Germany's banks have made little progress on efforts to curb bonuses of top managers ahead of new European rules designed to control the type of risky behaviour that fuelled the financial crisis, the country's financial watchdog said on Monday (13 January).
Only four of the 15 banks that Bafin examined last year capped bankers' bonuses at the level of their base salaries, in line with the European Union-wide rule that came into force this year.
"We are not entirely happy with any bank," Bafin chief Raimund Röseler told journalists.
"No one was good and many were bad," he said.
Judging them in terms of school grades, Röseler said the banks fell between satisfactory and unsatisfactory.
Of the remaining 11 banks, seven would have to seek special permission from their shareholders to approve bonuses that were up to double base salary, while bonuses at the rest of the banks examined were even higher.
Many were getting around the cap by not defining managers in key positions as being "material risk-takers", Bafin said. Of the 87 bank managers in Germany that earned bonuses of more than 1 million euros ($1.37 million) in 2012, only 40 had been identified as being risk-takers.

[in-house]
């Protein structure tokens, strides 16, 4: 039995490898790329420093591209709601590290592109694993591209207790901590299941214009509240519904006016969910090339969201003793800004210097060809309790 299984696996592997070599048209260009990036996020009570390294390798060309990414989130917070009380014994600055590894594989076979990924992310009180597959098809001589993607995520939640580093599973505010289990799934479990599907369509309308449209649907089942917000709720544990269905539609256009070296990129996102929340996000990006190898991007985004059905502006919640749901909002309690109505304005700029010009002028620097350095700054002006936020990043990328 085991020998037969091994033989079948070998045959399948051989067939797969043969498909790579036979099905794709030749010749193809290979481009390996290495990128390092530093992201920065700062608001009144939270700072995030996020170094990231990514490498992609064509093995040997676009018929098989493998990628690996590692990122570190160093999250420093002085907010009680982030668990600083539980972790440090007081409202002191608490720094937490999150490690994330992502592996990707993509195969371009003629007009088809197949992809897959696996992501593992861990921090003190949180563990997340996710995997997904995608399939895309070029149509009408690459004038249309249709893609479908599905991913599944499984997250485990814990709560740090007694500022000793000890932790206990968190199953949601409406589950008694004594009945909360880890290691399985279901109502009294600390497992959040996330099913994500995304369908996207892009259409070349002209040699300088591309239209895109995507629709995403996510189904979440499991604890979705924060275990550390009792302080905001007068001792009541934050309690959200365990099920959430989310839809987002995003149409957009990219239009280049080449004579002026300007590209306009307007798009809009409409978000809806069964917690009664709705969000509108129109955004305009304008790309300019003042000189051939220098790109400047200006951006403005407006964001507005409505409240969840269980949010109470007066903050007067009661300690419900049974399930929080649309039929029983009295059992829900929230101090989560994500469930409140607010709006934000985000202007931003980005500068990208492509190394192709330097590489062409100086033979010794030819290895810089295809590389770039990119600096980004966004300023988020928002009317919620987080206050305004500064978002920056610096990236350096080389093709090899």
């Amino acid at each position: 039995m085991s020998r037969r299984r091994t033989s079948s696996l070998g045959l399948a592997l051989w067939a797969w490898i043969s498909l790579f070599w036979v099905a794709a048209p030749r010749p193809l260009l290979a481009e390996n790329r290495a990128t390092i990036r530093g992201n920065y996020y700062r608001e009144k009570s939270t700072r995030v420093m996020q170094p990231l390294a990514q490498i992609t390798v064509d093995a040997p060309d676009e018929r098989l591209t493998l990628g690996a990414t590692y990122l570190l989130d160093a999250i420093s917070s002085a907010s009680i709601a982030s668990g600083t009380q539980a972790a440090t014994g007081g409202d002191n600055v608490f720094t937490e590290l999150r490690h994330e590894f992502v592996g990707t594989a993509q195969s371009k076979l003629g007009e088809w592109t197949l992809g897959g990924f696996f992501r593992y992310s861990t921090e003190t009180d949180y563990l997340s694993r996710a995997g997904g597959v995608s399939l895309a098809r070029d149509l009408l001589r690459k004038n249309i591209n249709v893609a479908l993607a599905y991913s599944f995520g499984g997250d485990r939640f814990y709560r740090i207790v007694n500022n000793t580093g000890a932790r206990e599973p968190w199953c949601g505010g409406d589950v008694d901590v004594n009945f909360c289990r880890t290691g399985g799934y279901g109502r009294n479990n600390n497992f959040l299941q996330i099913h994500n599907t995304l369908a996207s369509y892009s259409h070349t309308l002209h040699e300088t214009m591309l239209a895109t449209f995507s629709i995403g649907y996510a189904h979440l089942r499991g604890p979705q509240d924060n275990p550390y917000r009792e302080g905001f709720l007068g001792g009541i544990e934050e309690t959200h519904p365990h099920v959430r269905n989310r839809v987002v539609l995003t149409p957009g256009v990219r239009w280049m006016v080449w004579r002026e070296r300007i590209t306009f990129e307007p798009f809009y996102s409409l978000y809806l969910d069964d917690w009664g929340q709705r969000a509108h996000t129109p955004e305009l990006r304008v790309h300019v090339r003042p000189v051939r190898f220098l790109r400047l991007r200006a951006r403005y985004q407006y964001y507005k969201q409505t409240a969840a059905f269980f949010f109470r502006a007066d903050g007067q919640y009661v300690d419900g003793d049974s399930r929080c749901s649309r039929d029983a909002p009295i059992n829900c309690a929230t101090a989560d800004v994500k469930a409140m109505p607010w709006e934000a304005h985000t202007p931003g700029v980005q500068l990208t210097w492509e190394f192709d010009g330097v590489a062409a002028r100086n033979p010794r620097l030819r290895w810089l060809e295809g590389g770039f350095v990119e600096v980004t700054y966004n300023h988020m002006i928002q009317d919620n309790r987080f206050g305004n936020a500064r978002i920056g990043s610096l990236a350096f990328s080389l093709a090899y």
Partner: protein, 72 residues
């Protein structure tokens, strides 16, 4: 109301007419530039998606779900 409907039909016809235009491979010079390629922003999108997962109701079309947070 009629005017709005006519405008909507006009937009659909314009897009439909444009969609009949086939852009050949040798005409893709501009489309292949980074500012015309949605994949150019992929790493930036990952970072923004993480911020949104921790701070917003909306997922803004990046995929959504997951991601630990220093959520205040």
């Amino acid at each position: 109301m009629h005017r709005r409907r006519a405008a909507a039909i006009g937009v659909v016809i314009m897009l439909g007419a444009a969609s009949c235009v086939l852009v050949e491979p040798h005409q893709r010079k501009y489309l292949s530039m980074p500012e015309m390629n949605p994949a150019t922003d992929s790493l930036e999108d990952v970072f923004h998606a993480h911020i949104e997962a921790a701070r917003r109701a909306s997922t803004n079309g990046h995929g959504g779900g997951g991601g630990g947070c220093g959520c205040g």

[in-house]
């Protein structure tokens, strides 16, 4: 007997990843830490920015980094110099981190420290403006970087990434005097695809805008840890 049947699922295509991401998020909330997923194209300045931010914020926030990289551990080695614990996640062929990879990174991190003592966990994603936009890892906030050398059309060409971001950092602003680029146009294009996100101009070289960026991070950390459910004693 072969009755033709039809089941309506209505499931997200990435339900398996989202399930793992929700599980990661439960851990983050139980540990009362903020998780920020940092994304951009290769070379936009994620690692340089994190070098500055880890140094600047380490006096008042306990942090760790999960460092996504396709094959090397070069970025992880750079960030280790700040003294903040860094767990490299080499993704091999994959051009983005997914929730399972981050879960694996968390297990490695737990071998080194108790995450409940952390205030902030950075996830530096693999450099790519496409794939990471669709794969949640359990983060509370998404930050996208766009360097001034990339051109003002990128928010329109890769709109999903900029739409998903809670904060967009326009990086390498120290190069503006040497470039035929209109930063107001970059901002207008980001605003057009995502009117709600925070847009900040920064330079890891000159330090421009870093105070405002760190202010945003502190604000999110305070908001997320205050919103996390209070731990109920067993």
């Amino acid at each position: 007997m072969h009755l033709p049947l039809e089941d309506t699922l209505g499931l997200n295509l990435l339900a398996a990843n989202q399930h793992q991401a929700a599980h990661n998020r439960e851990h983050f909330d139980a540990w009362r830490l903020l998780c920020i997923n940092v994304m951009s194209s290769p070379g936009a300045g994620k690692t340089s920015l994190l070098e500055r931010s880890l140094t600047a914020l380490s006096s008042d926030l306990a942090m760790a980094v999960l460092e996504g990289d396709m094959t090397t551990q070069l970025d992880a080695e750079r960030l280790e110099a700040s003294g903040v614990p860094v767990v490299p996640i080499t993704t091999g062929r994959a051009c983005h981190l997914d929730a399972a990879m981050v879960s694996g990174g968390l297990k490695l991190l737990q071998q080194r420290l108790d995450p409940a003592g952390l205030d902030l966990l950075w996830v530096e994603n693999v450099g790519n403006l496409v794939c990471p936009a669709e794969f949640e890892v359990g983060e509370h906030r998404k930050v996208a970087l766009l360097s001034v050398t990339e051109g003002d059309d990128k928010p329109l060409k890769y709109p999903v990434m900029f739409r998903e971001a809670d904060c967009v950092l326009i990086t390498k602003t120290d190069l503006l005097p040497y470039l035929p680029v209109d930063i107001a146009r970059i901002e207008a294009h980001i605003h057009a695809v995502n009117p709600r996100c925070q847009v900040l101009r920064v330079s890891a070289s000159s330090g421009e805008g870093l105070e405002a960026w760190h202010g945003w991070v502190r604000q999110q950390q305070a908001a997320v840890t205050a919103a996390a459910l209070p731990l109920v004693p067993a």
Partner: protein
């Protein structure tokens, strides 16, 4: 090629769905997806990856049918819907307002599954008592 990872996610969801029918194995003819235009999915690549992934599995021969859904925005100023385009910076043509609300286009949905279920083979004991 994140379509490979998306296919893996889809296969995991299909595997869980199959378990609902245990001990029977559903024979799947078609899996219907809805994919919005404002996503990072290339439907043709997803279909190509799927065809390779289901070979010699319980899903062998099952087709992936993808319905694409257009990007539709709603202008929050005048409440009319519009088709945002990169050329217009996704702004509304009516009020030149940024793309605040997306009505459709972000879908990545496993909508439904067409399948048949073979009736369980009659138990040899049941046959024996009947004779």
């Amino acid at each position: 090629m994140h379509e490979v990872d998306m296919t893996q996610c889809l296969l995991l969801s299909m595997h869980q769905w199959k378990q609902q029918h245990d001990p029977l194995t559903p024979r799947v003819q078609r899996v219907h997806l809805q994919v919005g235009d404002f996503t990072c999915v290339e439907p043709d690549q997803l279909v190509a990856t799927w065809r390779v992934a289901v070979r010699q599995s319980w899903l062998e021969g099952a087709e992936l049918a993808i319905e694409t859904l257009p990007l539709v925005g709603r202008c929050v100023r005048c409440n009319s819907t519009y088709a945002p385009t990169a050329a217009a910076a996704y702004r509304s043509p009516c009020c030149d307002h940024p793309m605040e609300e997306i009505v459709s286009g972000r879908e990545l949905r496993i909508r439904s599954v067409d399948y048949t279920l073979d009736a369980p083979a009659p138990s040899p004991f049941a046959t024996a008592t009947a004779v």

"It is incomprehensible how someone can earn a million euros and not have an influence on the risk position of a bank," Röseler said.
Banks' employees in foreign locations, such as Deutsche Bank's London-based investment bankers, were not included in Bafin's tally.
The European Banking Authority had counted 211 managers in the million euro category in Germany, including foreign banks. There are more than ten times as many in London.
The bonus caps will apply to all to all bankers in Germany in the future, regardless of their function, Röseler said.
"I could imagine that in some business areas, the level of pay will sink," he added.
Röseler declined to name individual banks but made clear that it was not only large banks that were at fault.
"We also found especially grave deficiencies at banks where we didn't expect it," he said.